headquartered in Sarasota, Florida. Boars Head produces meats and cheeses that are
sold throughout the United States. Boars Head typically distributes its products by
selling them to independent distributors. The distributors then sell the products to
retailers, such as supermarkets or delicatessens, who then sell directly to consumers.
In 1999, Boars Head began exploring the possibility of distributing its products in
Minnesota. This expansion was likely to create an opportunity for an independent
distributor to work with Minnesota retailers. John Marso learned of this opportunity, and
decided to pursue it. Marso met with Boars Head representatives in Sarasota, and a
short time later Boars Head gave its preliminary approval to Marso serving as a
Minnesota distributor. Beginning in February 2000, Marso attended a six-week training
program that Boars Head required for its new distributors. Following this training,
Marso spent an additional seven weeks observing Boars Head distributors in South
Carolina and Texas. Boars Head ultimately approved Marso as a Minnesota distributor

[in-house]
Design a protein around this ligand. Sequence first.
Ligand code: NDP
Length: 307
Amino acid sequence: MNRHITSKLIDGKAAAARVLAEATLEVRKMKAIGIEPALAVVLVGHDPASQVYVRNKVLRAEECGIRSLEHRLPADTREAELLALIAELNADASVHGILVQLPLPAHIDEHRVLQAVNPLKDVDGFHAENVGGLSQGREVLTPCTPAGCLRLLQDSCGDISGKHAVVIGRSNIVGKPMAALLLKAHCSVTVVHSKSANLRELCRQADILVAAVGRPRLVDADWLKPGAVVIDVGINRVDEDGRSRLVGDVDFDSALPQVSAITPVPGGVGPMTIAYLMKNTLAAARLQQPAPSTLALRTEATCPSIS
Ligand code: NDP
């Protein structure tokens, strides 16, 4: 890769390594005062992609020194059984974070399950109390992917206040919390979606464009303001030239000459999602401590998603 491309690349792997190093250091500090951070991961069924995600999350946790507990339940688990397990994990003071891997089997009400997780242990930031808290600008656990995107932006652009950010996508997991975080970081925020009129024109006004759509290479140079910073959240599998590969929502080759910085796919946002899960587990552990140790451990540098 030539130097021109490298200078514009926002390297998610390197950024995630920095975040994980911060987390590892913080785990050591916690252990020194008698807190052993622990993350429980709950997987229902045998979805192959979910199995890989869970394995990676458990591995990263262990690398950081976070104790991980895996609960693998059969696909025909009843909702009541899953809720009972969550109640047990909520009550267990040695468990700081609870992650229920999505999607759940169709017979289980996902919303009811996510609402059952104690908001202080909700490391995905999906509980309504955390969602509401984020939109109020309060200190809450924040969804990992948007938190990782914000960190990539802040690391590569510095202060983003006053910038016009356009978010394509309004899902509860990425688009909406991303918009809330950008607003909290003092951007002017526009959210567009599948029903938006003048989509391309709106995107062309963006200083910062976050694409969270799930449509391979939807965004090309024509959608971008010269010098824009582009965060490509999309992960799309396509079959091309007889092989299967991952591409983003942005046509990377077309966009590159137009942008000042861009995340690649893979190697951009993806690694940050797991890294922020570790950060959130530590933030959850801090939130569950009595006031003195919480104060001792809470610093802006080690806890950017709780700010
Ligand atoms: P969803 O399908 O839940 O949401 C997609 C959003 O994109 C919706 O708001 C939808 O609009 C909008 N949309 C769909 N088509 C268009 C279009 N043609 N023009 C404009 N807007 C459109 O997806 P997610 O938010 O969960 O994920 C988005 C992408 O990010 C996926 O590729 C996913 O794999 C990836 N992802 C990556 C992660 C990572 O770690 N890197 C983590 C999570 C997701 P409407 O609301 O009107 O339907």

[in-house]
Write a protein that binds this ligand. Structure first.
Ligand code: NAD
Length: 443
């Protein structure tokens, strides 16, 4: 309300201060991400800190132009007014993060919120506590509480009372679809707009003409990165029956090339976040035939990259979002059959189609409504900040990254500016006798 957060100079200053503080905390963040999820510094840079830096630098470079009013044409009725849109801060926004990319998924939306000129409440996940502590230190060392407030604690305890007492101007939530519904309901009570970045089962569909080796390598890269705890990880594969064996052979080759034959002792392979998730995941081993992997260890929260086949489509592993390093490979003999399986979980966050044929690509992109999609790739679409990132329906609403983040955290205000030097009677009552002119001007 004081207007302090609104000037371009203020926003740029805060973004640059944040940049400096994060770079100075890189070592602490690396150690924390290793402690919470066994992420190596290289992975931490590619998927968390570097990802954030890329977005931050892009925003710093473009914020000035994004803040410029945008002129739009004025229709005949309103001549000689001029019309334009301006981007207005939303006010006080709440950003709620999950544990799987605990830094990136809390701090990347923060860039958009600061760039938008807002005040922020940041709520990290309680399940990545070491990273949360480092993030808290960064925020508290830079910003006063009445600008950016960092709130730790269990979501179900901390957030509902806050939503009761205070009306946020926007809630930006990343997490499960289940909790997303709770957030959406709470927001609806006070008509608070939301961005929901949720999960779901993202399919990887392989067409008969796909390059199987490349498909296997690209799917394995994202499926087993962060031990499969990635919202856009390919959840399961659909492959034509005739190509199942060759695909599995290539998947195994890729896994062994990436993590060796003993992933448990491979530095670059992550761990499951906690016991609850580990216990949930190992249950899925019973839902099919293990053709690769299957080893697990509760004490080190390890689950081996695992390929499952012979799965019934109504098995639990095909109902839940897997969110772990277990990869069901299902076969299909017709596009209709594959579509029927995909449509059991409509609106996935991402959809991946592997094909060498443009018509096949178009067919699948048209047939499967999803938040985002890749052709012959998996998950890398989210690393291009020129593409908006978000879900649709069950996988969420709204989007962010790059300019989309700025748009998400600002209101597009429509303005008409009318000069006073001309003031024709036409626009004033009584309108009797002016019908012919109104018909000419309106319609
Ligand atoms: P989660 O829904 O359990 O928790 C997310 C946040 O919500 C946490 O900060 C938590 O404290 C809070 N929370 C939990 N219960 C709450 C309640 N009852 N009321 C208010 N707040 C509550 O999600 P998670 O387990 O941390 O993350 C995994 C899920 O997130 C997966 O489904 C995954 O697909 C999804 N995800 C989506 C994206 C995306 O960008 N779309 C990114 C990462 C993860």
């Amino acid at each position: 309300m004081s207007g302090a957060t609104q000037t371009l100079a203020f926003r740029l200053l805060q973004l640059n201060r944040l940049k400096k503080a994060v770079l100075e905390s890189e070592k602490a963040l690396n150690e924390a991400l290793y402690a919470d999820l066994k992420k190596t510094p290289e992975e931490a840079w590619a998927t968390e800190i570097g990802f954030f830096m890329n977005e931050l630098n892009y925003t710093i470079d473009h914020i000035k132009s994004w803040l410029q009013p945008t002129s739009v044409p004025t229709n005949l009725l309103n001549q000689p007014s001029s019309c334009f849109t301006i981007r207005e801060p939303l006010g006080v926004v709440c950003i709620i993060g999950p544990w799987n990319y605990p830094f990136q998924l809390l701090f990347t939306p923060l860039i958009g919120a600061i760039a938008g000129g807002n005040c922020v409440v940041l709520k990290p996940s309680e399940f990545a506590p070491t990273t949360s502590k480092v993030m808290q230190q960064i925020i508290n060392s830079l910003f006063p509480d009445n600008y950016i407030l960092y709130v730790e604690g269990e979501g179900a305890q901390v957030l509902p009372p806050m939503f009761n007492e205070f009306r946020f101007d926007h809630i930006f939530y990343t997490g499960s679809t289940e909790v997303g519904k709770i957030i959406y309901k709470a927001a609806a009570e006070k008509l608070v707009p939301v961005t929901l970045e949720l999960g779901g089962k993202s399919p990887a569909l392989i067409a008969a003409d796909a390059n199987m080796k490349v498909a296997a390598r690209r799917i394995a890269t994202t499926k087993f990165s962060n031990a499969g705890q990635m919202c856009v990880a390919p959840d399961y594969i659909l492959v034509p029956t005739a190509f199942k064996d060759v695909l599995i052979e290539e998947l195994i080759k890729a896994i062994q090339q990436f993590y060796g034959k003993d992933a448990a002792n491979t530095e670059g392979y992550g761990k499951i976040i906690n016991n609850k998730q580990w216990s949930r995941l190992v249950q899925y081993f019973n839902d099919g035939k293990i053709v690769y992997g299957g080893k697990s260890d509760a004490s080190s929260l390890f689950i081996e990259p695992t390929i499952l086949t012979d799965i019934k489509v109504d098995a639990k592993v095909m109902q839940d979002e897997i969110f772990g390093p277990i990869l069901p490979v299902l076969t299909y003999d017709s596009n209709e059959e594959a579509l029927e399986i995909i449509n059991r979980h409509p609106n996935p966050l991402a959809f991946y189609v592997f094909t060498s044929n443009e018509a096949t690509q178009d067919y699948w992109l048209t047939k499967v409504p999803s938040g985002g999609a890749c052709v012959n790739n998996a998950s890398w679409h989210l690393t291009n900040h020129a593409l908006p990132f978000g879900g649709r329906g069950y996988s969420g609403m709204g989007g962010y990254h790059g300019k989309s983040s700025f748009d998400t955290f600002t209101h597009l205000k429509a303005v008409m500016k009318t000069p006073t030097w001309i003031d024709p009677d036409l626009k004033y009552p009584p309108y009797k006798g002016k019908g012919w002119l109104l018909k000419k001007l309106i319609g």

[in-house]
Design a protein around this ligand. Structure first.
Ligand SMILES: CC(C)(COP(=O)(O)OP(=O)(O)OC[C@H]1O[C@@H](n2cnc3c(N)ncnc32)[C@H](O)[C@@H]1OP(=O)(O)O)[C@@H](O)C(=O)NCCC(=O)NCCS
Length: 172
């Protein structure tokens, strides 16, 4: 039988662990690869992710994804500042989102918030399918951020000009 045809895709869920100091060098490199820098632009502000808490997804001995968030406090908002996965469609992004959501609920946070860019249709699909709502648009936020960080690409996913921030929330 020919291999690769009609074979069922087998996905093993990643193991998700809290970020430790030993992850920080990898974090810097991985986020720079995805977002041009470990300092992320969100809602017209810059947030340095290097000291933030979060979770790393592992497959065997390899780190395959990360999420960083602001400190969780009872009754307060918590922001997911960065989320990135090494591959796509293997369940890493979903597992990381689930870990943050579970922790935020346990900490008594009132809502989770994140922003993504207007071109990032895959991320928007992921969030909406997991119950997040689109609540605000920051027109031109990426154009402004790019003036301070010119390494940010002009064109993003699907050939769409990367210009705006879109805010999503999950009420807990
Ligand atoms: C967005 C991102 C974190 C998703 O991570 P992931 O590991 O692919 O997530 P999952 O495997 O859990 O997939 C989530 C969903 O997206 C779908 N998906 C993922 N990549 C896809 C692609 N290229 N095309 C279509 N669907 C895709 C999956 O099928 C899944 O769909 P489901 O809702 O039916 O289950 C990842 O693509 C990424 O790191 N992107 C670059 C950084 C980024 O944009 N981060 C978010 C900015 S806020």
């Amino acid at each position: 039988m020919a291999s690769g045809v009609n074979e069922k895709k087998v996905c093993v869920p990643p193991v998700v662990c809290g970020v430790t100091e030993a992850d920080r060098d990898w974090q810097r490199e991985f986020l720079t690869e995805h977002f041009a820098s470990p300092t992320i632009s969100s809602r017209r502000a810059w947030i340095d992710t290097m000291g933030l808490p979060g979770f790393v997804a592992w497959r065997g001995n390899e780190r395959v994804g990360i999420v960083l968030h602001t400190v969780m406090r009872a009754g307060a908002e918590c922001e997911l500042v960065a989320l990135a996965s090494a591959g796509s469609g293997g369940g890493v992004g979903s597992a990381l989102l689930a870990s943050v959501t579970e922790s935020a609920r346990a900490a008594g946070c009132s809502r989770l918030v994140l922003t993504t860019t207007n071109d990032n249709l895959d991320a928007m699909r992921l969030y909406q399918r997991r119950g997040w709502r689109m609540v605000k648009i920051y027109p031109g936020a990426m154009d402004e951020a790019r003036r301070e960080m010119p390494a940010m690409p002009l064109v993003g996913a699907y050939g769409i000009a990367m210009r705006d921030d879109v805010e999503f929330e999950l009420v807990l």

through his new company Minnesota Deli Provisions, Inc. (Minnesota Deli) in
August 2000.
2 For the purposes of this summary judgment motion, the Court considers the facts and
evidence in the light most favorable to Minnesota Deli, the non-moving party.
-3 -
Marso discussed this approval with Boars Head executive Rick Bellucci in an
August 29, 2000, phone call, and Marso testified that it was in that conversation that he
and Boars Head reached an oral agreement concerning his distributorship. (Grassley
Aff., Ex. F. at 175.) Marso alleges that during this call, Bellucci indicated that Marso
would continue to be the distributor for the state of Minnesota so long as he grew his
business. (Grassley Aff., Ex. F at 169-72.)
The parties did not commit their agreement to writing. However, on March 17,
2000, months before Boars Head agreed to make Minnesota Deli a distributor, Marso
signed a form acknowledging that he had read Boars Heads Sales Policy for Out-of-
Town Distributors (Sales Policy). That writing includes the following four passages:
As a Boars Head distributor, you are responsible for ensuring that all
Boars Head products are properly handled and rotated by your employees
and your retailers. You must provide proper and continuous training
regarding the handling, rotation and display of all products at both the
distribution and retail levels. . . . It is the policy of the Company not to do
business with any distributor that fails to satisfy our standards for
cleanliness[,] freshness and presentation of product.
* * *
The Company reserves the right to make all judgments, in its sole
discretion, as to where and by whom its products will be sold.
* * *
The Company does not grant exclusive territories to any distributor. No